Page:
by Jamie Isaac of Fluid Art Pilates

“Civilization impairs physical fitness” wrote Joe Pilates in Return To Life Through Contrology… that was back in 1945, but never has it been so true as today!

Jamie stretch

Taking time out to stretch it out: Jamie at the Vitality Show, London

It’s our sedentary modern life and its added comforts of cars, couches and computers, along with ever increasing working hours, that are keeping us in a state of prolonged spinal flexion, and inactivity.

Our amazing bodies are designed to move, not sit at a desk or behind the wheel of a car. The result is muscle tension, pain and stress. We’ve all felt it. I’m experiencing it right now, whilst writing this blog.

Now I could write pages on the physiological reasons why this happens and the ways these prolonged periods of sitting or inactivity are having a detrimental effect on our bodies, our breathing, our stress levels and our overall wellbeing, but, perhaps we’ll leave that for another time.

Right now, what we need is a solution. We need action!

Pilates class

Jamie teaching a private class using a Pilates reformer

Pain can stop us in our tracks, but mean modern life doesn’t care. It doesn’t let us simply stop and recover and repair our bodies, so instead it’s a couple of pain killers and straight back to work.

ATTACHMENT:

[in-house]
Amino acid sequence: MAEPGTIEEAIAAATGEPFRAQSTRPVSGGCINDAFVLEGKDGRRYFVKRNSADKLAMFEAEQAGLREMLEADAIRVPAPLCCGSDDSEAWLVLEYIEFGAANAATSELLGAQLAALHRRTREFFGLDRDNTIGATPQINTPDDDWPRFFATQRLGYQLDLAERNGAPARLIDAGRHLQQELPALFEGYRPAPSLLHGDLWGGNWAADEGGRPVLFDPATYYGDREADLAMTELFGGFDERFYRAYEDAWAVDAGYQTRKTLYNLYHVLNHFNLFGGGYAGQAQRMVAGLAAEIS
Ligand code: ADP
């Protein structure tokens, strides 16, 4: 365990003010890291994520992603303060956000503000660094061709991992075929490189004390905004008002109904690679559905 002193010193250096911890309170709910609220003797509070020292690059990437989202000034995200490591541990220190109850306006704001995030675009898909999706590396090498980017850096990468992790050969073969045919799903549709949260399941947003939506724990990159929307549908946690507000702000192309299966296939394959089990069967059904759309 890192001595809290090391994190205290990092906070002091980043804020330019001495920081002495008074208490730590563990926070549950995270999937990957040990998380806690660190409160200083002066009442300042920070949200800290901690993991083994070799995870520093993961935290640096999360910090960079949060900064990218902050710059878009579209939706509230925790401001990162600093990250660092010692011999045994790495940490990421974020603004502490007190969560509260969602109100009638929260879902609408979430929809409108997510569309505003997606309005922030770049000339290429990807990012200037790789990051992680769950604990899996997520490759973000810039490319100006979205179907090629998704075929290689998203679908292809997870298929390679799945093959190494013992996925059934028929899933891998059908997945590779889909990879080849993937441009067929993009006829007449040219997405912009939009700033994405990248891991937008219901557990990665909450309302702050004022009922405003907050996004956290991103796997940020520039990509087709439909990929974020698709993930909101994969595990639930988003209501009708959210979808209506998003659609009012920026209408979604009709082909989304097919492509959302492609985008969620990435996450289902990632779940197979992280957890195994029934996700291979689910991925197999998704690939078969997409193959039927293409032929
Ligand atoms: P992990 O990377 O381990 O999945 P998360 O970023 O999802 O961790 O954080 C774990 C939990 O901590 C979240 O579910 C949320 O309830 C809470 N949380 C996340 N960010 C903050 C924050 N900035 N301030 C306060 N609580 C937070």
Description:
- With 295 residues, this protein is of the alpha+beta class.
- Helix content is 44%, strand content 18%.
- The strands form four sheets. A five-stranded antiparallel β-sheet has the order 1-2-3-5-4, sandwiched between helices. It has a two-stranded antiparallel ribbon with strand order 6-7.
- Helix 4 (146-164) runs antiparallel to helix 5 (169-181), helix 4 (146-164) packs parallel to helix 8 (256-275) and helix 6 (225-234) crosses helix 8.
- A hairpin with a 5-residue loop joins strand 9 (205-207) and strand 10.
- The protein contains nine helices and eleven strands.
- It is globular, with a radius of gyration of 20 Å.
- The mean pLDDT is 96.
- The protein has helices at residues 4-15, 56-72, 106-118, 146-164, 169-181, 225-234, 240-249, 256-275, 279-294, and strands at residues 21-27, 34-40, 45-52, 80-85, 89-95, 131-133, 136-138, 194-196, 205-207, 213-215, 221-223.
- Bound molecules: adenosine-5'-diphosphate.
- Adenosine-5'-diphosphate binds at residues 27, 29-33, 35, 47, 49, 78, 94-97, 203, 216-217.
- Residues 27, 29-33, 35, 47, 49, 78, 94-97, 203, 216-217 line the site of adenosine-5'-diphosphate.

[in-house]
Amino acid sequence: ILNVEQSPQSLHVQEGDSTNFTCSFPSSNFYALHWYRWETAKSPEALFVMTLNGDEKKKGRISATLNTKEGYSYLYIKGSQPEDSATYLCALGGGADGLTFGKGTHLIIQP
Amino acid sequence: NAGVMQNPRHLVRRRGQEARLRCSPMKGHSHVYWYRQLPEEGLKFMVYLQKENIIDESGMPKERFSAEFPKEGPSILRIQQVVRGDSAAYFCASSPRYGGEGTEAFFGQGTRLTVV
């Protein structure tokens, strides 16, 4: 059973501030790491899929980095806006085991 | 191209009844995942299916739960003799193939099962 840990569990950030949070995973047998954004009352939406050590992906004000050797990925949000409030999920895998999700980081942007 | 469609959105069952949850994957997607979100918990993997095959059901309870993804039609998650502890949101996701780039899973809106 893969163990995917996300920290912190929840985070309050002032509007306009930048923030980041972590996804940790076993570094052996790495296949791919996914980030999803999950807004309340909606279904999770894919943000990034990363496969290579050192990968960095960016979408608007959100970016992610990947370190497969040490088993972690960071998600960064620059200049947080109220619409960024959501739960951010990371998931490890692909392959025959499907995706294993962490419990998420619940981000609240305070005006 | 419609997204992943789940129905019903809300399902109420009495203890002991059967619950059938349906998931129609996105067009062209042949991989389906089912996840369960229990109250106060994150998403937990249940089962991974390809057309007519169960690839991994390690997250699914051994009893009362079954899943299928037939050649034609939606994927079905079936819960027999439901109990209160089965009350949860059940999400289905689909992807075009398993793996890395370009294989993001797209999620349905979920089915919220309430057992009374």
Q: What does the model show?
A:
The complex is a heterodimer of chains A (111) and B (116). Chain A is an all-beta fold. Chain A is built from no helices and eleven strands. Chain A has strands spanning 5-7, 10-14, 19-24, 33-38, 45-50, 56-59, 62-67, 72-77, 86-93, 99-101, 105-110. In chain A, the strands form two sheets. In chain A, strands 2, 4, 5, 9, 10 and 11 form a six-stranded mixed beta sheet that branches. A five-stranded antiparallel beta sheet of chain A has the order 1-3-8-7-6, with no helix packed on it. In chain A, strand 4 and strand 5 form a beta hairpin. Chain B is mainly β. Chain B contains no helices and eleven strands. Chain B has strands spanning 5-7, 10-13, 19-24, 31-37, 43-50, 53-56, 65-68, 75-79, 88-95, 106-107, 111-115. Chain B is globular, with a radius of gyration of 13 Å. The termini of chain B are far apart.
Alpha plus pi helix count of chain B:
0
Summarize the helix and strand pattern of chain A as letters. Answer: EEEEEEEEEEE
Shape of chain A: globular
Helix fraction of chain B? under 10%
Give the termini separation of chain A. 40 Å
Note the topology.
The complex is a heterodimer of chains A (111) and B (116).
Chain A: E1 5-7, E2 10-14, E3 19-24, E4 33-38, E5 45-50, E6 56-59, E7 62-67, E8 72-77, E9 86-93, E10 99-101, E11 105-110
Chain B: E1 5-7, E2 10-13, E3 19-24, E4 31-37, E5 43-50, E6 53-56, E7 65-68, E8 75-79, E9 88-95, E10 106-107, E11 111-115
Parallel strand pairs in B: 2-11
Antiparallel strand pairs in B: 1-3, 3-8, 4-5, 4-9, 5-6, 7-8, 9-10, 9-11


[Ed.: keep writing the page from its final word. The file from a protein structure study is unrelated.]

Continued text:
This of course does nothing to help the issue and we end up back in those old habits and poor postures, making the situation worse.

In both my private Pilates classes and Pilates retreats I always guide people rehabilitating injuries to ‘be realistic’. Whilst making a grand gesture such as going on a Pilates holiday is a great way to get yourself motivated and on the right track, it’s crucial you integrate the advice and good habits into your daily life.

Here are a few simple tips to help you do just that – to get you moving in your everyday life, regardless of how busy it is, making space for yourself and keeping your amazing and beautiful body happy and healthy.


1. Take time out in your day to move or stretch

This could be as simple as a few basic twists or stretches whilst sitting in your office chair. Perhaps every 30 minutes of intensive sedentary work you can stand up, give the head a gentle pull from side to side, to stretch out the neck. Twist at the waist from side to side. Reach high above your head with your arms and rotate the hands around the wrists.

For those wanting something a little more structured, I’ve included two video clips at the end of this post. They are both only 10 minutes in length, which with a little time management, should be perfect to fit into your morning or afterwork routine.


2. Make yourself the team tea/coffee-maker